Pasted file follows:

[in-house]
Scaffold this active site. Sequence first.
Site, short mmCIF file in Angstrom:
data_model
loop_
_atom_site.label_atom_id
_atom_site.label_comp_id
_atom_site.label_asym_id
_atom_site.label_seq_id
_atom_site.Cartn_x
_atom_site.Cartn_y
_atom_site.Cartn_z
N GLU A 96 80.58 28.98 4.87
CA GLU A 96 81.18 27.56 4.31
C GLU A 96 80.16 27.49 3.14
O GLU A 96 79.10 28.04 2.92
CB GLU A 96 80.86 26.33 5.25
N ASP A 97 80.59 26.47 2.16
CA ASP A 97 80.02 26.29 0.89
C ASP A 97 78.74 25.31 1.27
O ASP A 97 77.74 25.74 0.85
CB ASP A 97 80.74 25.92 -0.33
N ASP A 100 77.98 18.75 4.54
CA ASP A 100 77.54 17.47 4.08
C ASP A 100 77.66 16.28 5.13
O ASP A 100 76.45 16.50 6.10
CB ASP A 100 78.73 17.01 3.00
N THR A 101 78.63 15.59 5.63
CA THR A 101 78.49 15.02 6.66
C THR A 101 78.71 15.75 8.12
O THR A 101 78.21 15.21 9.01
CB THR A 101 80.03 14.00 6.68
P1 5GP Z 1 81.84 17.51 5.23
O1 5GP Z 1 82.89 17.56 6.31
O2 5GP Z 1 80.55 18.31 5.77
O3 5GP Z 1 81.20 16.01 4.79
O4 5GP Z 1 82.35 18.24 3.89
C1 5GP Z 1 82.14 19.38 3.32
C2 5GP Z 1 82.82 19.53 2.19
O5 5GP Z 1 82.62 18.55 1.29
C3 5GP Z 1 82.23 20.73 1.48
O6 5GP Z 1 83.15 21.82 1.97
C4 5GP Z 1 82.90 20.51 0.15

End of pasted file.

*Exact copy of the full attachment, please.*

[in-house]
Scaffold this active site. Sequence first.
Site, short mmCIF file in Angstrom:
data_model
loop_
_atom_site.label_atom_id
_atom_site.label_comp_id
_atom_site.label_asym_id
_atom_site.label_seq_id
_atom_site.Cartn_x
_atom_site.Cartn_y
_atom_site.Cartn_z
N GLU A 96 80.58 28.98 4.87
CA GLU A 96 81.18 27.56 4.31
C GLU A 96 80.16 27.49 3.14
O GLU A 96 79.10 28.04 2.92
CB GLU A 96 80.86 26.33 5.25
N ASP A 97 80.59 26.47 2.16
CA ASP A 97 80.02 26.29 0.89
C ASP A 97 78.74 25.31 1.27
O ASP A 97 77.74 25.74 0.85
CB ASP A 97 80.74 25.92 -0.33
N ASP A 100 77.98 18.75 4.54
CA ASP A 100 77.54 17.47 4.08
C ASP A 100 77.66 16.28 5.13
O ASP A 100 76.45 16.50 6.10
CB ASP A 100 78.73 17.01 3.00
N THR A 101 78.63 15.59 5.63
CA THR A 101 78.49 15.02 6.66
C THR A 101 78.71 15.75 8.12
O THR A 101 78.21 15.21 9.01
CB THR A 101 80.03 14.00 6.68
P1 5GP Z 1 81.84 17.51 5.23
O1 5GP Z 1 82.89 17.56 6.31
O2 5GP Z 1 80.55 18.31 5.77
O3 5GP Z 1 81.20 16.01 4.79
O4 5GP Z 1 82.35 18.24 3.89
C1 5GP Z 1 82.14 19.38 3.32
C2 5GP Z 1 82.82 19.53 2.19
O5 5GP Z 1 82.62 18.55 1.29
C3 5GP Z 1 82.23 20.73 1.48
O6 5GP Z 1 83.15 21.82 1.97
C4 5GP Z 1 82.90 20.51 0.15